What are the reports you offer?

LifeDNA provides a total of 6 personalized reports with up more than 120 unique traits on health and wellness:

  • Nutrition 
  • Fitness 
  • Health & Wellness
  • Immunity & Vitamins
  • Personality & Cognition 
  • Skincare 

Is it certain that I will develop the conditions I am predisposed for based on my reports?

No. One may have the genetic markers that predispose them to a condition, but still not develop it because their environmental factors may offset such risks.

On the other hand, even if you have a low likelihood for a particular condition, it does not mean that you will never develop it.

For example, if your report shows that you have a low sensitivity to gluten, that does not necessarily mean that you will never be able to develop the condition.

Gluten sensitivity can be triggered by several factors such as surgery, pregnancy, childbirth, viral infections, and severe emotional stress.

In addition, there are multiple genes that influence your results.

It is also essential to understand that most traits are polygenic in nature, meaning multiple genes are responsible for their expression in our bodies.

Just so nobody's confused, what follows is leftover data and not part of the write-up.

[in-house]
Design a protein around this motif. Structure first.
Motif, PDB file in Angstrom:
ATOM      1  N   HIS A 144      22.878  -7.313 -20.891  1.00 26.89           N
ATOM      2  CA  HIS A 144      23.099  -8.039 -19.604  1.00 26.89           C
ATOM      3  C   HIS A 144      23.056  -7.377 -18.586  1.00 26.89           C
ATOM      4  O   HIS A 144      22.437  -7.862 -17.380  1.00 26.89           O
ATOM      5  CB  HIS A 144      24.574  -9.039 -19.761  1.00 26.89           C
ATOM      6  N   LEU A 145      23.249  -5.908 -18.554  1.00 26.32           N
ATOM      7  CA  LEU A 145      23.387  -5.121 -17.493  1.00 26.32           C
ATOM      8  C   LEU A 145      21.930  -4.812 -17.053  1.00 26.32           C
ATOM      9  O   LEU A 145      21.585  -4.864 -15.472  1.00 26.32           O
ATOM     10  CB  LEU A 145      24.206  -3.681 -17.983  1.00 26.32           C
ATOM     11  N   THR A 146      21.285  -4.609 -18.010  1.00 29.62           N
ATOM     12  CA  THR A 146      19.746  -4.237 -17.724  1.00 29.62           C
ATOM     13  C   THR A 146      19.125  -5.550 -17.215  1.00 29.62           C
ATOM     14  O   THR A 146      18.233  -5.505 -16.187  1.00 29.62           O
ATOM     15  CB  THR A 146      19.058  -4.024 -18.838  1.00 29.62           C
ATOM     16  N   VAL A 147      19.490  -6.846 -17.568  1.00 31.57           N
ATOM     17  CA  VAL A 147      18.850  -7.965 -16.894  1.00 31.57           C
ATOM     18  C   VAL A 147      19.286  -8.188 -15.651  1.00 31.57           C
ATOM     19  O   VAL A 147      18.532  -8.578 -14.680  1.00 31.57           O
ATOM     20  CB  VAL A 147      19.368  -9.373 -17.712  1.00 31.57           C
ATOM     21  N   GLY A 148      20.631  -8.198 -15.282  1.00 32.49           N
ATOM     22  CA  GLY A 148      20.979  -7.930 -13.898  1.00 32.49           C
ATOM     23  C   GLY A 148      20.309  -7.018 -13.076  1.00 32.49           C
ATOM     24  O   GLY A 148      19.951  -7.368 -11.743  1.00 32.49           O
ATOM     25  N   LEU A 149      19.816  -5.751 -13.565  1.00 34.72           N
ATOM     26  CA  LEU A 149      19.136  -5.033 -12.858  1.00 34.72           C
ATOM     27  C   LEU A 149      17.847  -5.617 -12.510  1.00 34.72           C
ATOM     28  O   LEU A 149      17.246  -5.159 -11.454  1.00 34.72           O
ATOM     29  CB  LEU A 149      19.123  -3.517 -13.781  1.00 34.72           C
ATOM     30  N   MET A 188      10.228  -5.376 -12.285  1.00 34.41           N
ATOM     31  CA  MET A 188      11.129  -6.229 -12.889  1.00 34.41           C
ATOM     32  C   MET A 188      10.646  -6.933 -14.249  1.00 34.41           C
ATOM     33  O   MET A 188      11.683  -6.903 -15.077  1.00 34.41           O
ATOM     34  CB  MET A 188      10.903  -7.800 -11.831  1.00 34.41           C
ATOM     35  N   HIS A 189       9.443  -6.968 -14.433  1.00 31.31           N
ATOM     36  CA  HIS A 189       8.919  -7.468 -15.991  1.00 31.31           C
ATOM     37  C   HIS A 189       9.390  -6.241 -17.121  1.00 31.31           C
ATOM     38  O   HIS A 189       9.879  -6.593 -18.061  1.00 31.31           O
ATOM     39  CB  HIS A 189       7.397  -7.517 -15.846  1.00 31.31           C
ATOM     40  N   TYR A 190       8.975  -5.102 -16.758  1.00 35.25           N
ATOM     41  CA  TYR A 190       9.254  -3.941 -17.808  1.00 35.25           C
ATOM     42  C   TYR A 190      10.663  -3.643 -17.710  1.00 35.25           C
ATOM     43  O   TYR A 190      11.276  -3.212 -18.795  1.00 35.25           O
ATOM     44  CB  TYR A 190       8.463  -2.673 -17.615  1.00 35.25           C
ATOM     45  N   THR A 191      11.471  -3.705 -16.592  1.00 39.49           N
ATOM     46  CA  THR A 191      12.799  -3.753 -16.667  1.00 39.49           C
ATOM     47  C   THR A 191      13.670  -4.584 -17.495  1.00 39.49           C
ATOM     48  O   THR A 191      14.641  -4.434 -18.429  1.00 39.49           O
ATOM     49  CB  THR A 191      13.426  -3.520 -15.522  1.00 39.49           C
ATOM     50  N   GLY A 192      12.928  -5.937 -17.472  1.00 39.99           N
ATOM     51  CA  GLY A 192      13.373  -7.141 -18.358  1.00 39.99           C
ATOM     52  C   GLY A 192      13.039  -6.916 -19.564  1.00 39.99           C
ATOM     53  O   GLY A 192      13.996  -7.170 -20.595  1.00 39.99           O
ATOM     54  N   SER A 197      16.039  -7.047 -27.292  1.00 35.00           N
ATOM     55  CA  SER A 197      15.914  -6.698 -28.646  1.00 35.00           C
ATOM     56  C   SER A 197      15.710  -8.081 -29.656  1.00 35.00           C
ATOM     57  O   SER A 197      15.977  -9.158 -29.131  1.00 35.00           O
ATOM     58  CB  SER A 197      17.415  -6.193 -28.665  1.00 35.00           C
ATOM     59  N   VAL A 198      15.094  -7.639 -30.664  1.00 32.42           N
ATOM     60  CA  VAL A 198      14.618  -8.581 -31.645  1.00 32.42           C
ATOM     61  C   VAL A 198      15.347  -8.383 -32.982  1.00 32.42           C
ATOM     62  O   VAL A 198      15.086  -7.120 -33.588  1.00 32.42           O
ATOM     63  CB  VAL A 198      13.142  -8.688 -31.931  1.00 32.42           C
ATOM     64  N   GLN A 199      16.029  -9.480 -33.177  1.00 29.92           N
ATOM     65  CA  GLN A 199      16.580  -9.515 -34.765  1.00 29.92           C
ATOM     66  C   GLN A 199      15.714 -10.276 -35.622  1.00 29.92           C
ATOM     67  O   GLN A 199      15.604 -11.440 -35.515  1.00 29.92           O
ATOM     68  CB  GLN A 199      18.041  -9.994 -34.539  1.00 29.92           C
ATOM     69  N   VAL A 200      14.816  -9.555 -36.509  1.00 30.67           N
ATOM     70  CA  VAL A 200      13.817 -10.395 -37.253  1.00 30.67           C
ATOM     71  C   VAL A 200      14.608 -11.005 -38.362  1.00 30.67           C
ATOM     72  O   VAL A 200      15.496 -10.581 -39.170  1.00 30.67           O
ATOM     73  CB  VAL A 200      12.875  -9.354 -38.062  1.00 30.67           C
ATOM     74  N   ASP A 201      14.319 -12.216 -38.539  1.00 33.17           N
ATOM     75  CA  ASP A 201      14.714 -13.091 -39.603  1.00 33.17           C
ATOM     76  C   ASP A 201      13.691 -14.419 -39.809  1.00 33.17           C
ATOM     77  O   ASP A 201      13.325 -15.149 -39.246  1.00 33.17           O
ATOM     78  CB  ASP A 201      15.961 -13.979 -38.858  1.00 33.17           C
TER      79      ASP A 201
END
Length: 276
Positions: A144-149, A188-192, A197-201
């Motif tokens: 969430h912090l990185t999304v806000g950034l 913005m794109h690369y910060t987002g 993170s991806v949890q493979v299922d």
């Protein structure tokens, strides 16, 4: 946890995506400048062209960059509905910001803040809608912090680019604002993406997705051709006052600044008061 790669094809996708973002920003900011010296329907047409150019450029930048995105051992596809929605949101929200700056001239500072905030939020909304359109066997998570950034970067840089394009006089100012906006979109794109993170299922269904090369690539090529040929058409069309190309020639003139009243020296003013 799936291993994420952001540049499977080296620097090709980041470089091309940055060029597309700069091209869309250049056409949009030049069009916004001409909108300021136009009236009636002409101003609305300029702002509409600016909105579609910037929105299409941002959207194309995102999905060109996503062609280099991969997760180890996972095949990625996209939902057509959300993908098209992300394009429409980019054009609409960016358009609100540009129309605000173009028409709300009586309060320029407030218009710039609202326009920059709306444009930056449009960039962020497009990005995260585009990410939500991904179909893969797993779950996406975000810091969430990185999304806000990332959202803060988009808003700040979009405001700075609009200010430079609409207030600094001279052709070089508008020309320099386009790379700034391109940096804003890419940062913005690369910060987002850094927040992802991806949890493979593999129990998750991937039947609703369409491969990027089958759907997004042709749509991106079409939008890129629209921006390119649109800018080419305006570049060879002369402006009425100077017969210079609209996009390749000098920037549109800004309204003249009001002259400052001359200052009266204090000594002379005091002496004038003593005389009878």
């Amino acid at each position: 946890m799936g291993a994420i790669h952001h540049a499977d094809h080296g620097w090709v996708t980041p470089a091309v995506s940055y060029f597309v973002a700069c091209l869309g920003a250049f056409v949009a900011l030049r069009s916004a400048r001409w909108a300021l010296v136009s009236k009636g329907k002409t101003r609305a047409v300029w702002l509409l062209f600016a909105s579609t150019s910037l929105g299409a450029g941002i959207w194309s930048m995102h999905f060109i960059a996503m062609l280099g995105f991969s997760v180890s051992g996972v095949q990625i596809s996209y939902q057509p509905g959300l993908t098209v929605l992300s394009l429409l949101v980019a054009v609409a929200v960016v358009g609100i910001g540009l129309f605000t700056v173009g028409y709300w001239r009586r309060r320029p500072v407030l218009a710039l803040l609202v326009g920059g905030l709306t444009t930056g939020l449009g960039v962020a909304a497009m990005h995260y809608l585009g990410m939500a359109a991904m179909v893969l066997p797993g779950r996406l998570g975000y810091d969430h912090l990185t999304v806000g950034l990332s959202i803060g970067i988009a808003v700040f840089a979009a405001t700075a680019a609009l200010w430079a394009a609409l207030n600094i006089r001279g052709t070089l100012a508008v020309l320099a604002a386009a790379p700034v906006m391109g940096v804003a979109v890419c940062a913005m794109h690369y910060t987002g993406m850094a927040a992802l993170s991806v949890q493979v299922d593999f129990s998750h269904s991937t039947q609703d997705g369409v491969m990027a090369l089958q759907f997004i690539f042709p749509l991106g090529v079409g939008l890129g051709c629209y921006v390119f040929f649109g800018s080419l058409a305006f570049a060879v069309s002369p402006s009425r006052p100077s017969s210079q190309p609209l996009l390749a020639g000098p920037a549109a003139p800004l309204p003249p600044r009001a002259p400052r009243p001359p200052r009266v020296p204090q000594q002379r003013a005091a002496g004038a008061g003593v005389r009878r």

So, impairment in one gene cannot contribute alone to your actual experience. Some mechanisms may still try to offset or compensate for any errors in our bodies.

Are my results accurate?

We’ve developed a robust bioinformatics algorithm to make sure that your reports are accurate based on the latest genetic research.

The science behind the association of genetic markers with certain traits or conditions is backed by published and peer-reviewed genetic association studies.

However, based on your DNA, you may see traits in your report that you don’t agree with. Traits that don’t match up with your experience.

Don’t worry, that’s totally normal. It is important to understand that your personal experience with certain traits depends on multiple factors, and our genetic make-up is an important part of that equation.

Other factors include our environment, lifestyle, demographics, and other modifiers.

Remember, knowing your potential genetic predisposition is important because this can help you manage other modifiable factors, such as lifestyle, to decrease your risks.